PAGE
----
thereby leaving the attendant coupled to the connection over the first system via the transmission bridge. The attendant can reenter the connection to control the B segment of the trunk over the second transmission and control system by selectively operating keys at her switchboard. Operation of the keys at the remote switchboard causes multifrequency tones to be sent to the switching office where a special multifrequency receiver is attached to the trunk to convert the multifrequency tones into signals for controlling the B segment of the trunk in accordance with the particular multifrequency tones received.

BRIEF DESCRIPTION OF THE DRAWING BRIEF DESCRIPTION OF OPERATION The present invention may be advantageously employed in automatic switching systems, such as the toll crossbar system disclosed in the US. Pat. No. 2,868,884 issued to J. W. Gooderham et al of Jan. 13, 1959. However, it is to be understood that the invention is not limited to use in that system but may be used in many other types of telephone systems.

The overall operation of the invention in the exemplary telephone system will now be described with reference to FIG. 1.

As set forth in greater detail in the Gooderham et al. patent, calls are switched through the toll switching system by means of two sets of crossbar switch frames, called incoming and outgoing links. Calls incoming to the office are received over incoming trunks, such as trunk 100 which is terminated on incoming link and calls are forwarded to distant offices over outgoing trunks, such as trunk 102 which is terminated on outgoing link 103. Two-way trunks which may be used for incoming and outgoing traffic will, of course, have terminations on both incoming and outgoing links. The trunks used in this partiuclar system are four-wire trunks and have separate transmit and receive transmission paths as indicated by the arrows on the heavyweight conductors interconnecting the various components of the trunk.

Although the invention is suitable for use with any interoffice call requiring operator assistance, the trunking arrangement as depicted in FIG. 1 is used for international traffic. That is to say, calls originating in a national or domestic network are forwarded over the subject trunk arrangement to a foreign country via an overseas network. In the drawing, the domestic and overseas networks are shown as two separate switch trains. In reality, these networks might use the same incoming and outgoing links with the trunks having access to the appropriate type senders, since overseas traffic may require different senders to be compatible with the senders in a foreign country.

The trunking arrangement is divided into the central office trunk 106 and the remote attendant trunk 107 and these trunks are interconnected via two transmission and control systems designated 108 and 109. The central office trunk 106 can also be functionally subdivided into two segments designated A and B which are coupled together via transmission bridge 110.

Trunk segment A is similar to a two-way trunk in that it has an appearance on both the incoming and outgoing links 101 and 104, respectively, for originating or receiving calls. Segment A also terminates on domestic sender link 111 for access to domestic sender 112.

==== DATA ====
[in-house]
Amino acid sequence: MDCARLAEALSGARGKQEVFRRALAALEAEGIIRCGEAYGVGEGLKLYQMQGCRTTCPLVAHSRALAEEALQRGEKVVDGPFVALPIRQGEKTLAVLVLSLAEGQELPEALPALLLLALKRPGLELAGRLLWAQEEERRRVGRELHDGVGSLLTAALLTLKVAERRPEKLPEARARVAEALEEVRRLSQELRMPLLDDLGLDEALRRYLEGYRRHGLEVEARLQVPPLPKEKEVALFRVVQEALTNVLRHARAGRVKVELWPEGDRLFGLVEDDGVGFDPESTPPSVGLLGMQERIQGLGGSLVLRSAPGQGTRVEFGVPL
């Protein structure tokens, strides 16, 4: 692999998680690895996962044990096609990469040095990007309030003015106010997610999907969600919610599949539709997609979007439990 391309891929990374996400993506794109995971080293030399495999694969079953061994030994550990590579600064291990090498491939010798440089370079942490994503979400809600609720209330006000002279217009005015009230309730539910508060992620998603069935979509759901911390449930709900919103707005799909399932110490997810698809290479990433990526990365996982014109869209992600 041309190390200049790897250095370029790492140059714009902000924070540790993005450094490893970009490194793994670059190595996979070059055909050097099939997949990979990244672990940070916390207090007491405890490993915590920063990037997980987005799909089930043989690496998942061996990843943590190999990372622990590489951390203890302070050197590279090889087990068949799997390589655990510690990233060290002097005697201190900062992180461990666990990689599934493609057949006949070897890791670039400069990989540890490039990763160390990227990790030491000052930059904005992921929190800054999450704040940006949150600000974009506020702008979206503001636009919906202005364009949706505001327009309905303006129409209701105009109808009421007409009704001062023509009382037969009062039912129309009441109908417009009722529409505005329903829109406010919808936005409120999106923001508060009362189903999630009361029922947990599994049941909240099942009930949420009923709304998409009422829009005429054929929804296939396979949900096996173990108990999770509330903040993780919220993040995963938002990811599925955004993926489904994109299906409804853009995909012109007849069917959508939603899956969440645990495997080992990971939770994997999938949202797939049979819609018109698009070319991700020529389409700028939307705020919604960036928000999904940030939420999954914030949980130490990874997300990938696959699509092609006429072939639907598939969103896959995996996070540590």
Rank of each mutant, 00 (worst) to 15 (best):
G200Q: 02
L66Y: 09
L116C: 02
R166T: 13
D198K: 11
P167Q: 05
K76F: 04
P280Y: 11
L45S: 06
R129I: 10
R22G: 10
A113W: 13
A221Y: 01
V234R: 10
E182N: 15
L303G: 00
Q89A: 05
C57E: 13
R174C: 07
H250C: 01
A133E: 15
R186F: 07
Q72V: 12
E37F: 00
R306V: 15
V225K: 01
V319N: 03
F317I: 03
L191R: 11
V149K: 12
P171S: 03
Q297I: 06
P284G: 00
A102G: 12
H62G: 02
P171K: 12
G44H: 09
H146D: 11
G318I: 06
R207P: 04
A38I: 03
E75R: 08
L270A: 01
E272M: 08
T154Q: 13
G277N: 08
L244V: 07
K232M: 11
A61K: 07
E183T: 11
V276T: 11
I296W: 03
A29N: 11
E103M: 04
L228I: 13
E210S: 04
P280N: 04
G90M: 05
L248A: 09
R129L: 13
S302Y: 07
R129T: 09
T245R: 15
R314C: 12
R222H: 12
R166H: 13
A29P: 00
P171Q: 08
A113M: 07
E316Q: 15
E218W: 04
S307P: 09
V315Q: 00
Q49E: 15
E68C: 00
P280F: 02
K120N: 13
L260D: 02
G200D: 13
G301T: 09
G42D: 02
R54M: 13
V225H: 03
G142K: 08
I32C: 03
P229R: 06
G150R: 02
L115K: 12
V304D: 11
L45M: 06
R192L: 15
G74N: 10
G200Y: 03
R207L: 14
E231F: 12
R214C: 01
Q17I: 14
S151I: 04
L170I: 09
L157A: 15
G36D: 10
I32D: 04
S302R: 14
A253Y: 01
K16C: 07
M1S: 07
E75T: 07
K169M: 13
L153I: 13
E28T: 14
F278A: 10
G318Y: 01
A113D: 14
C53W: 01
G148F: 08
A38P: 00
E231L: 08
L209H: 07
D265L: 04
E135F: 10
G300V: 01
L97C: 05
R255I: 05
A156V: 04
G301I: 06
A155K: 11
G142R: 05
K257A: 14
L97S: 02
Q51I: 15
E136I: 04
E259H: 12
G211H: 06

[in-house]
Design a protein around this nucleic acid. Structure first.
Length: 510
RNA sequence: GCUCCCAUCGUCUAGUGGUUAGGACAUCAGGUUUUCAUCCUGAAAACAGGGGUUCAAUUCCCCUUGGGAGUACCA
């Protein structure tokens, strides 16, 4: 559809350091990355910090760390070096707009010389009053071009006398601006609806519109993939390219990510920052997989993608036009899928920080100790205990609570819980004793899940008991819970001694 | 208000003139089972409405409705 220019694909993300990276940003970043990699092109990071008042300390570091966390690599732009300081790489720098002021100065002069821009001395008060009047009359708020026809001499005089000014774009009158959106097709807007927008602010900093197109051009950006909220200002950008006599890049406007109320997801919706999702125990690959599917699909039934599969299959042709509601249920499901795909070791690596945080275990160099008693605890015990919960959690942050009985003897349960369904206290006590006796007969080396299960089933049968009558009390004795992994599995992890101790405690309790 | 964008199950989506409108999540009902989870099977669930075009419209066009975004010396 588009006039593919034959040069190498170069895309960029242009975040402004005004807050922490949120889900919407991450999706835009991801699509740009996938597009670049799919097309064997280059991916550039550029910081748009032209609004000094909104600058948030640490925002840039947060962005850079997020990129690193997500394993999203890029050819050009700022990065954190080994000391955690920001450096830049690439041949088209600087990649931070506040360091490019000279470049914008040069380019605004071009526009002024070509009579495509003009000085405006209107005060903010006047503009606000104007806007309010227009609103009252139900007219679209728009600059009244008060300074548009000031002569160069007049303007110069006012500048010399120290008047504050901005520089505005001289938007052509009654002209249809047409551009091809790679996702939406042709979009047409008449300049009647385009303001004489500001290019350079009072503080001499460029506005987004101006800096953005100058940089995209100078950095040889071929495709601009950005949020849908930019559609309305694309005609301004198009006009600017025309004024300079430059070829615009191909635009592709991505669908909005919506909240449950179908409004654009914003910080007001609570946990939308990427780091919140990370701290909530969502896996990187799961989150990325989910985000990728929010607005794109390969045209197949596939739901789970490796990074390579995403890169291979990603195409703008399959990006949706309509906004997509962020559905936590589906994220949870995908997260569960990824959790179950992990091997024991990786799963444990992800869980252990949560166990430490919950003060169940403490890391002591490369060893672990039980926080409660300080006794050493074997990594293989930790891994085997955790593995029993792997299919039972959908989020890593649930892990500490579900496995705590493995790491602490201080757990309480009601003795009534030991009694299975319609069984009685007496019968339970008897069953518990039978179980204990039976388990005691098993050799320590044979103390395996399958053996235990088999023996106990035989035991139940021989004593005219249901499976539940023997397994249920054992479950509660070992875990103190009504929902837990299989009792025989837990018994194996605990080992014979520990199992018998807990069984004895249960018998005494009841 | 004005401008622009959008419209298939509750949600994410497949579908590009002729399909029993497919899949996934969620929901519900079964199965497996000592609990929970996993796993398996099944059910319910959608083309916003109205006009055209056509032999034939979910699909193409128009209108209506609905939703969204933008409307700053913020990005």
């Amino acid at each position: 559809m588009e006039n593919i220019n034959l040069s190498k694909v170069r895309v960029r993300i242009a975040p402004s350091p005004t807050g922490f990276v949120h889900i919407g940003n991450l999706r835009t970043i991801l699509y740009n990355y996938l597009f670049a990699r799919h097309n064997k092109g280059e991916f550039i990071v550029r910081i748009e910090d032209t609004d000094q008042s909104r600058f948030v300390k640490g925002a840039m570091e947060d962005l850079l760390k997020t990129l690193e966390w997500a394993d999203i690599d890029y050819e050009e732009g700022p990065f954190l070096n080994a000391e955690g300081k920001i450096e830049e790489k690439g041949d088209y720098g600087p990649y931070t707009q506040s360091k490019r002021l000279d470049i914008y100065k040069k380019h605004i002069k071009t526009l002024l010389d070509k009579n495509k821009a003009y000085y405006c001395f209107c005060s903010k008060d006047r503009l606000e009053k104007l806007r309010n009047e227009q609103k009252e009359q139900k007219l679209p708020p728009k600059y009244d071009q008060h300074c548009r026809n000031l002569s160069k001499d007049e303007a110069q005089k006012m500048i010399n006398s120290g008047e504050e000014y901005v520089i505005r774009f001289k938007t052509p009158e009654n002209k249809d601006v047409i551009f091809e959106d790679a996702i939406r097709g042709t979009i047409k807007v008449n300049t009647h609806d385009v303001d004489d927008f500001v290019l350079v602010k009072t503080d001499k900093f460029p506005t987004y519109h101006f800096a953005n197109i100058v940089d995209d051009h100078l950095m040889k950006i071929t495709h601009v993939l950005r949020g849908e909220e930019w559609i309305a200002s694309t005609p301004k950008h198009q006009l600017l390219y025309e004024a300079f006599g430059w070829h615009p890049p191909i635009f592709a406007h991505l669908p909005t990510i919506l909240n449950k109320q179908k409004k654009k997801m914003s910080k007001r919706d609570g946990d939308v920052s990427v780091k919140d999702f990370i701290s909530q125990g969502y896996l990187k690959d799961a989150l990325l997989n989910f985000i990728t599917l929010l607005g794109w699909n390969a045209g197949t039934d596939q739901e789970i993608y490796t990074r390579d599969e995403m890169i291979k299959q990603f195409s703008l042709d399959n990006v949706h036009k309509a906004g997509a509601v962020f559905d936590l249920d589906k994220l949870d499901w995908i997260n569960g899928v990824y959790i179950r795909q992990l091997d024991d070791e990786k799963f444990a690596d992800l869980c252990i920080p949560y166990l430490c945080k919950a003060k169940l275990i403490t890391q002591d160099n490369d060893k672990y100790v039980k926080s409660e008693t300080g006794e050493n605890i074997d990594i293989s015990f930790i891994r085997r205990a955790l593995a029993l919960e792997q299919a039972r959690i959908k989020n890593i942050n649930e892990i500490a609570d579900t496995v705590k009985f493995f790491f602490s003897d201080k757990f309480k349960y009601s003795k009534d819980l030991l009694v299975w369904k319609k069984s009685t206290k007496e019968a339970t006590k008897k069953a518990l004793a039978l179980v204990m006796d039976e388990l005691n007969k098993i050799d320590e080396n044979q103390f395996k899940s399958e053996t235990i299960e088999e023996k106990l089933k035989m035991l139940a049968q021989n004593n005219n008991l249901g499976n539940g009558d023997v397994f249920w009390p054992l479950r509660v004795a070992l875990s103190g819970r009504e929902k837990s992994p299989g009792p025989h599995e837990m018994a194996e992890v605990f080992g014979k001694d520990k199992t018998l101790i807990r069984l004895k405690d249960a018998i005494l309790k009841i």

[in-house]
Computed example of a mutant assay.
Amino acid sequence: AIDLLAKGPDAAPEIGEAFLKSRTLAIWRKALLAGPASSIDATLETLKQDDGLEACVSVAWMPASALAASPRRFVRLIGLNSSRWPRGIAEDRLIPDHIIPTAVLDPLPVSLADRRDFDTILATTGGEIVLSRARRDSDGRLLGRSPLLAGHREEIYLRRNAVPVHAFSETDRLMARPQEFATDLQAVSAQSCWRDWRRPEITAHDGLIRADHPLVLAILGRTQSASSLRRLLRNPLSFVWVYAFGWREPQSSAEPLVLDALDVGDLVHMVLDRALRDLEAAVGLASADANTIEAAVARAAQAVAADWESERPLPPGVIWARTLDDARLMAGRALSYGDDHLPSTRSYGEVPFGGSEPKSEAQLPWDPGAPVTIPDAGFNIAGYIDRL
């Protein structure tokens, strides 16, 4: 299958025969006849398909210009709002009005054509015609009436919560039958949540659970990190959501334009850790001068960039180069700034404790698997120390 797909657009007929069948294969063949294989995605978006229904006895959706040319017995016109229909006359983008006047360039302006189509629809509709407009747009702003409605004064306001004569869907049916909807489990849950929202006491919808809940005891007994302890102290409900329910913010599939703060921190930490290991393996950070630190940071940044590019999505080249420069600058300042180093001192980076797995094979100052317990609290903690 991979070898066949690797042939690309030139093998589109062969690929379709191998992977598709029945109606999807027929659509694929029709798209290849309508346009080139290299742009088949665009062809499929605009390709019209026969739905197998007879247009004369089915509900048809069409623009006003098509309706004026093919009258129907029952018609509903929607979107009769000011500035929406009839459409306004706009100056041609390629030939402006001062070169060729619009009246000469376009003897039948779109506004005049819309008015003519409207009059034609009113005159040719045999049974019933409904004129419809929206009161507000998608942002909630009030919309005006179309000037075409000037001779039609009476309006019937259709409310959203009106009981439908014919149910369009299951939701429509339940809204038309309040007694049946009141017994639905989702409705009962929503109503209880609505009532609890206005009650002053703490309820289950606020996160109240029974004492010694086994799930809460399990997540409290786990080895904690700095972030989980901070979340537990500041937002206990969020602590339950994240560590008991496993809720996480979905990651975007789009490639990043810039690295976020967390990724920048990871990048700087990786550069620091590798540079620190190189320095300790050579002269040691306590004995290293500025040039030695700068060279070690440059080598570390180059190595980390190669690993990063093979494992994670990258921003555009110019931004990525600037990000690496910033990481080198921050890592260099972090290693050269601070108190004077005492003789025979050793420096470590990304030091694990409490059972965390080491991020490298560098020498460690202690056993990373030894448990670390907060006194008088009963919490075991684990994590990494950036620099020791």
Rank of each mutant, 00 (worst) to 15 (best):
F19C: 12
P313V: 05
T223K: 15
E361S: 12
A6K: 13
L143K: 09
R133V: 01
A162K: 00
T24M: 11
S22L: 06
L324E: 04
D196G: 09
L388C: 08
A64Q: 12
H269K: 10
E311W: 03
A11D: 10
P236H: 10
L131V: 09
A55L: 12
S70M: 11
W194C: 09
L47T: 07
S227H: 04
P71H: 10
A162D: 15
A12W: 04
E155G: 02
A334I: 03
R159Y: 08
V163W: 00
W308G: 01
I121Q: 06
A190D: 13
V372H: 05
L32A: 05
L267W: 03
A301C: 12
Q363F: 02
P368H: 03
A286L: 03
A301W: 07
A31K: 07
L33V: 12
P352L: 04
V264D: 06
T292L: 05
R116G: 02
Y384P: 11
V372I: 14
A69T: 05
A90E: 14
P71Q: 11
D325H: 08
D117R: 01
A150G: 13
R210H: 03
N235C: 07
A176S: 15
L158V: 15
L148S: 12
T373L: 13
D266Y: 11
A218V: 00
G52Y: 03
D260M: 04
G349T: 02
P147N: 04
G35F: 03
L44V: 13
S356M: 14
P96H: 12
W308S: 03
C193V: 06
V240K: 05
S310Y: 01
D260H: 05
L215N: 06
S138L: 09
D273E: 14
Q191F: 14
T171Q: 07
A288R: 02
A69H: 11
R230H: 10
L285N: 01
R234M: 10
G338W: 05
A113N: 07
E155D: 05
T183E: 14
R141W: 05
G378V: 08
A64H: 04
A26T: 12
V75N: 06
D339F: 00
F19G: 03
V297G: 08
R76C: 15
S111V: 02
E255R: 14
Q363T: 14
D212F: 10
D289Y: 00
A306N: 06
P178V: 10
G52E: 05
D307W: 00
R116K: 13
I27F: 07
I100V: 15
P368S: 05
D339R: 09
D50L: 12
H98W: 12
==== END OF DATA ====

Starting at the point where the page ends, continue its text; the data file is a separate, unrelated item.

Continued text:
The transmission and control system 108, which interconnects the remote attendant trunk 107 with the A segment of the central office trunk via transmission bridge 110, comprises a single frequency signaling circuit 114 at the central office end and a single frequency signaling circuit 115 at the switchboard end with the two signaling circuits coupled via transmission facility 113. This facility, of course, may be wire, carrier, or some other suitable facility.

The B segment of central office trunk 106 is similar to an incoming trunk in that it has an appearance on incoming link 105 and overseas sender link 116 for gaining access to overseas sender 117. As mentioned above, the overseas senders may differ from the domestic senders in that the overseas senders have capacity for outpulsing more digits, or they may have different signaling requirements to make them compatible with senders in a foreign country. The B segment of the trunk is coupled to the remote attendant trunk 107 via transmission and control system 109 which includes single frequency signaling circuits 118 and 119 interconnected by a suitable transmission facility 120.

As will be described in more detail below, signaling between the remote attendant trunk 107 and the central office trunk 106 is accomplished by the transmission of multifrequency and single frequency tones. For example, the attendant at swithboard 121 can use her cord circuit to key pulse multifrequency tones directly over transmission conductors 122 and 123 via systems 108 and 109 to the A and B segments, respectively. On the other hand, E and M lead signaling is used to transmit trunk seizure, sender attached, and other signals between attendant trunk 107 and central office trunk 106. If the attendant wishes to reenter a call or ring forward on a connection, special multifrequency tones are generated within attendant trunk 107 and transmitted to multifrequency receiver 124 which then actuates trunk segment B in the proper manner.